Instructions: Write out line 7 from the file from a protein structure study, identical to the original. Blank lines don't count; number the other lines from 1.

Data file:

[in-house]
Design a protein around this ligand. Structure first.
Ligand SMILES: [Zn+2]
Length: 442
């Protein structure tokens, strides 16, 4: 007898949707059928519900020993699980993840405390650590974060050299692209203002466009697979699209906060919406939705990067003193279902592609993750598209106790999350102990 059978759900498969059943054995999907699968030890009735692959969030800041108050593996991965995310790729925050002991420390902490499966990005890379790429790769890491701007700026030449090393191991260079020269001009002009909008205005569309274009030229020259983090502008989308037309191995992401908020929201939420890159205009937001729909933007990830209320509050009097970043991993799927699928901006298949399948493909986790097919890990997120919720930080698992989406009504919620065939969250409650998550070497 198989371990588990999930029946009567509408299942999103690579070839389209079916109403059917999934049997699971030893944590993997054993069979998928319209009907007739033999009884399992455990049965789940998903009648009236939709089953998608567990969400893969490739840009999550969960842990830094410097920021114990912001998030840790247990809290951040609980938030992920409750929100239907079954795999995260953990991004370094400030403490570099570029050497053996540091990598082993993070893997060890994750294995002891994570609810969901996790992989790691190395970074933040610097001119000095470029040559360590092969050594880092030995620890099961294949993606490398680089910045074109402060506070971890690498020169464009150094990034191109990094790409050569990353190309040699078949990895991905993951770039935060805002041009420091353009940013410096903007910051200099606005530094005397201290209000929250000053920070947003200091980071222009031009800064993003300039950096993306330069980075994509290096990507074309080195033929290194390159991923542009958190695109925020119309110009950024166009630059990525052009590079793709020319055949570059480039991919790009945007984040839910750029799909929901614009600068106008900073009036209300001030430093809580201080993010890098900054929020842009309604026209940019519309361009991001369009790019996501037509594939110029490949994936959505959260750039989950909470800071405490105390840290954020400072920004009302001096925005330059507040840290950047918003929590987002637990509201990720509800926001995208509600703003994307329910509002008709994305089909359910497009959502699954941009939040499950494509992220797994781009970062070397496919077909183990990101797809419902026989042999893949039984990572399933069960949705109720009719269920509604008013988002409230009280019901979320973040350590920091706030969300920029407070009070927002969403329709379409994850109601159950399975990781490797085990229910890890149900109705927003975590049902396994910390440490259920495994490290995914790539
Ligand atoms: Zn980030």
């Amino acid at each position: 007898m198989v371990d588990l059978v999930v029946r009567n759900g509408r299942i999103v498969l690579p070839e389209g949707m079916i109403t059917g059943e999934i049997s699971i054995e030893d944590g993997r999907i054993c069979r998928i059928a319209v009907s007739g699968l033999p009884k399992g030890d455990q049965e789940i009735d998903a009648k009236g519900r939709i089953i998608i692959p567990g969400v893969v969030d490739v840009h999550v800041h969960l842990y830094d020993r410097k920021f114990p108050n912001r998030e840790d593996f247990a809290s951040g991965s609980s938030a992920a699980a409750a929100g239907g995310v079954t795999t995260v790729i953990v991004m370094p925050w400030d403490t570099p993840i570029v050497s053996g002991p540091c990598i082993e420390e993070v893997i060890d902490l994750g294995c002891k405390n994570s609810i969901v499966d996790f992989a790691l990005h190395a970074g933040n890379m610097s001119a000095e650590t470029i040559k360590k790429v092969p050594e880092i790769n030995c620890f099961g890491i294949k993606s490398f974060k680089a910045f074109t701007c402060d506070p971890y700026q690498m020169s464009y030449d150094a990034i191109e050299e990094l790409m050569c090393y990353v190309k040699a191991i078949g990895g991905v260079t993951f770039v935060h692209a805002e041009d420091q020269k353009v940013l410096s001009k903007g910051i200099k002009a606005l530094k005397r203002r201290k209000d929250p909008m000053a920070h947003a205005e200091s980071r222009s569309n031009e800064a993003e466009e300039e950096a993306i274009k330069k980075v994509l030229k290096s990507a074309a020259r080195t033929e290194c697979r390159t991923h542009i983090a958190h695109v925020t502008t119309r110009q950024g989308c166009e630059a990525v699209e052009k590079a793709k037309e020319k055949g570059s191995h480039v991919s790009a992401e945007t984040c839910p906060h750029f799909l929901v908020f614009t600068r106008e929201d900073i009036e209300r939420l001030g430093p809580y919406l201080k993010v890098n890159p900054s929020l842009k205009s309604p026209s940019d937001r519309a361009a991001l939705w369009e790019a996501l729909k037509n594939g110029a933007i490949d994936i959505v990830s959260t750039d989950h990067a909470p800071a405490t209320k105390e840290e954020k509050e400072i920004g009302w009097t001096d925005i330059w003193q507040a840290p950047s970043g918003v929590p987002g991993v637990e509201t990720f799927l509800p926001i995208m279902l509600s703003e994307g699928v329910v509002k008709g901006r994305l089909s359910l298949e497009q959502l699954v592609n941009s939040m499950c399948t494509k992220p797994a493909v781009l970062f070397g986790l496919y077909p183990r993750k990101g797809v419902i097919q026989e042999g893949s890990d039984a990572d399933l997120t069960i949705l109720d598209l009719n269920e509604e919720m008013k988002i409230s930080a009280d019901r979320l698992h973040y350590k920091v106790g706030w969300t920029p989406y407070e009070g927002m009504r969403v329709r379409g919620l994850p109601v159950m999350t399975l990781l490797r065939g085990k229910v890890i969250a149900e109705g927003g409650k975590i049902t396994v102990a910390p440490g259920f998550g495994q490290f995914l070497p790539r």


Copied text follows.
């Amino acid at each position: 007898m198989v371990d588990l059978v999930v029946r009567n759900g509408r299942i999103v498969l690579p070839e389209g949707m079916i109403t059917g059943e999934i049997s699971i054995e030893d944590g993997r999907i054993c069979r998928i059928a319209v009907s007739g699968l033999p009884k399992g030890d455990q049965e789940i009735d998903a009648k009236g519900r939709i089953i998608i692959p567990g969400v893969v969030d490739v840009h999550v800041h969960l842990y830094d020993r410097k920021f114990p108050n912001r998030e840790d593996f247990a809290s951040g991965s609980s938030a992920a699980a409750a929100g239907g995310v079954t795999t995260v790729i953990v991004m370094p925050w400030d403490t570099p993840i570029v050497s053996g002991p540091c990598i082993e420390e993070v893997i060890d902490l994750g294995c002891k405390n994570s609810i969901v499966d996790f992989a790691l990005h190395a970074g933040n890379m610097s001119a000095e650590t470029i040559k360590k790429v092969p050594e880092i790769n030995c620890f099961g890491i294949k993606s490398f974060k680089a910045f074109t701007c402060d506070p971890y700026q690498m020169s464009y030449d150094a990034i191109e050299e990094l790409m050569c090393y990353v190309k040699a191991i078949g990895g991905v260079t993951f770039v935060h692209a805002e041009d420091q020269k353009v940013l410096s001009k903007g910051i200099k002009a606005l530094k005397r203002r201290k209000d929250p909008m000053a920070h947003a205005e200091s980071r222009s569309n031009e800064a993003e466009e300039e950096a993306i274009k330069k980075v994509l030229k290096s990507a074309a020259r080195t033929e290194c697979r390159t991923h542009i983090a958190h695109v925020t502008t119309r110009q950024g989308c166009e630059a990525v699209e052009k590079a793709k037309e020319k055949g570059s191995h480039v991919s790009a992401e945007t984040c839910p906060h750029f799909l929901v908020f614009t600068r106008e929201d900073i009036e209300r939420l001030g430093p809580y919406l201080k993010v890098n890159p900054s929020l842009k205009s309604p026209s940019d937001r519309a361009a991001l939705w369009e790019a996501l729909k037509n594939g110029a933007i490949d994936i959505v990830s959260t750039d989950h990067a909470p800071a405490t209320k105390e840290e954020k509050e400072i920004g009302w009097t001096d925005i330059w003193q507040a840290p950047s970043g918003v929590p987002g991993v637990e509201t990720f799927l509800p926001i995208m279902l509600s703003e994307g699928v329910v509002k008709g901006r994305l089909s359910l298949e497009q959502l699954v592609n941009s939040m499950c399948t494509k992220p797994a493909v781009l970062f070397g986790l496919y077909p183990r993750k990101g797809v419902i097919q026989e042999g893949s890990d039984a990572d399933l997120t069960i949705l109720d598209l009719n269920e509604e919720m008013k988002i409230s930080a009280d019901r979320l698992h973040y350590k920091v106790g706030w969300t920029p989406y407070e009070g927002m009504r969403v329709r379409g919620l994850p109601v159950m999350t399975l990781l490797r065939g085990k229910v890890i969250a149900e109705g927003g409650k975590i049902t396994v102990a910390p440490g259920f998550g495994q490290f995914l070497p790539r």